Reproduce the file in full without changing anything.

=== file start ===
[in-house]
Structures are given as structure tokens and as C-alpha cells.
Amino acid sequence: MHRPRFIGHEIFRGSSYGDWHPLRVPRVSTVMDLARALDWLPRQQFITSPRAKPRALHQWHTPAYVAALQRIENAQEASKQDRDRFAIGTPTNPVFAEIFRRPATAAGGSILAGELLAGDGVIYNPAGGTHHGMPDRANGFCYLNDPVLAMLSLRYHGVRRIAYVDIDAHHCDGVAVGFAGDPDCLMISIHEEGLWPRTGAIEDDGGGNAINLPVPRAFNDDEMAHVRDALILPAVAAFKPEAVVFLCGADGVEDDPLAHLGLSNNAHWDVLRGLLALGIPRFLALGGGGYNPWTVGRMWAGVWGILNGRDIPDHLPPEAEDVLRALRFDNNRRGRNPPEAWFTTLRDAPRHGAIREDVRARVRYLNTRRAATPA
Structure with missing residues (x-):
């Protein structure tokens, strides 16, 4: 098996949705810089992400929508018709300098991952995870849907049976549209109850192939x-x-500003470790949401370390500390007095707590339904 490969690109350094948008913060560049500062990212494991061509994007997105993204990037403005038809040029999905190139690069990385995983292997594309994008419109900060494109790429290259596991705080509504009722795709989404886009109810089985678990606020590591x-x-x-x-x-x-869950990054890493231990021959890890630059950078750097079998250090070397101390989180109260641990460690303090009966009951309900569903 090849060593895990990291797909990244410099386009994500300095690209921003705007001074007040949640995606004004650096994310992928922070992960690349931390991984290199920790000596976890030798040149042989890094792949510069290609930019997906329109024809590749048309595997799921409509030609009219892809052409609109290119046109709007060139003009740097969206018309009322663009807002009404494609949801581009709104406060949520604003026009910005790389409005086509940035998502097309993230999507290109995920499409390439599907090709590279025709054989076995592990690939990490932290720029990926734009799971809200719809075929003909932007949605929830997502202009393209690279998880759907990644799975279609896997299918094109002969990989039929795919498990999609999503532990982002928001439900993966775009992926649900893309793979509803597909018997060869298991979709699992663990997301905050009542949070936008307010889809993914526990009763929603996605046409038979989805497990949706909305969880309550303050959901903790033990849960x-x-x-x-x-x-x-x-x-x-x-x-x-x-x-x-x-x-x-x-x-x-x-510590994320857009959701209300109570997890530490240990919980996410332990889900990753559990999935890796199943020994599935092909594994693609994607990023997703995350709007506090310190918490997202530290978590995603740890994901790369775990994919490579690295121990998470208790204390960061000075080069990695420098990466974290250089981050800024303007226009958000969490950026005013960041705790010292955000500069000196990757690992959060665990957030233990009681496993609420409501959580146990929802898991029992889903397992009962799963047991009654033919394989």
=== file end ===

[in-house]
Structures are given as structure tokens and as C-alpha cells.
Amino acid sequence: MHRPRFIGHEIFRGSSYGDWHPLRVPRVSTVMDLARALDWLPRQQFITSPRAKPRALHQWHTPAYVAALQRIENAQEASKQDRDRFAIGTPTNPVFAEIFRRPATAAGGSILAGELLAGDGVIYNPAGGTHHGMPDRANGFCYLNDPVLAMLSLRYHGVRRIAYVDIDAHHCDGVAVGFAGDPDCLMISIHEEGLWPRTGAIEDDGGGNAINLPVPRAFNDDEMAHVRDALILPAVAAFKPEAVVFLCGADGVEDDPLAHLGLSNNAHWDVLRGLLALGIPRFLALGGGGYNPWTVGRMWAGVWGILNGRDIPDHLPPEAEDVLRALRFDNNRRGRNPPEAWFTTLRDAPRHGAIREDVRARVRYLNTRRAATPA
Structure with missing residues (x-):
């Protein structure tokens, strides 16, 4: 098996949705810089992400929508018709300098991952995870849907049976549209109850192939x-x-500003470790949401370390500390007095707590339904 490969690109350094948008913060560049500062990212494991061509994007997105993204990037403005038809040029999905190139690069990385995983292997594309994008419109900060494109790429290259596991705080509504009722795709989404886009109810089985678990606020590591x-x-x-x-x-x-869950990054890493231990021959890890630059950078750097079998250090070397101390989180109260641990460690303090009966009951309900569903 090849060593895990990291797909990244410099386009994500300095690209921003705007001074007040949640995606004004650096994310992928922070992960690349931390991984290199920790000596976890030798040149042989890094792949510069290609930019997906329109024809590749048309595997799921409509030609009219892809052409609109290119046109709007060139003009740097969206018309009322663009807002009404494609949801581009709104406060949520604003026009910005790389409005086509940035998502097309993230999507290109995920499409390439599907090709590279025709054989076995592990690939990490932290720029990926734009799971809200719809075929003909932007949605929830997502202009393209690279998880759907990644799975279609896997299918094109002969990989039929795919498990999609999503532990982002928001439900993966775009992926649900893309793979509803597909018997060869298991979709699992663990997301905050009542949070936008307010889809993914526990009763929603996605046409038979989805497990949706909305969880309550303050959901903790033990849960x-x-x-x-x-x-x-x-x-x-x-x-x-x-x-x-x-x-x-x-x-x-x-510590994320857009959701209300109570997890530490240990919980996410332990889900990753559990999935890796199943020994599935092909594994693609994607990023997703995350709007506090310190918490997202530290978590995603740890994901790369775990994919490579690295121990998470208790204390960061000075080069990695420098990466974290250089981050800024303007226009958000969490950026005013960041705790010292955000500069000196990757690992959060665990957030233990009681496993609420409501959580146990929802898991029992889903397992009962799963047991009654033919394989």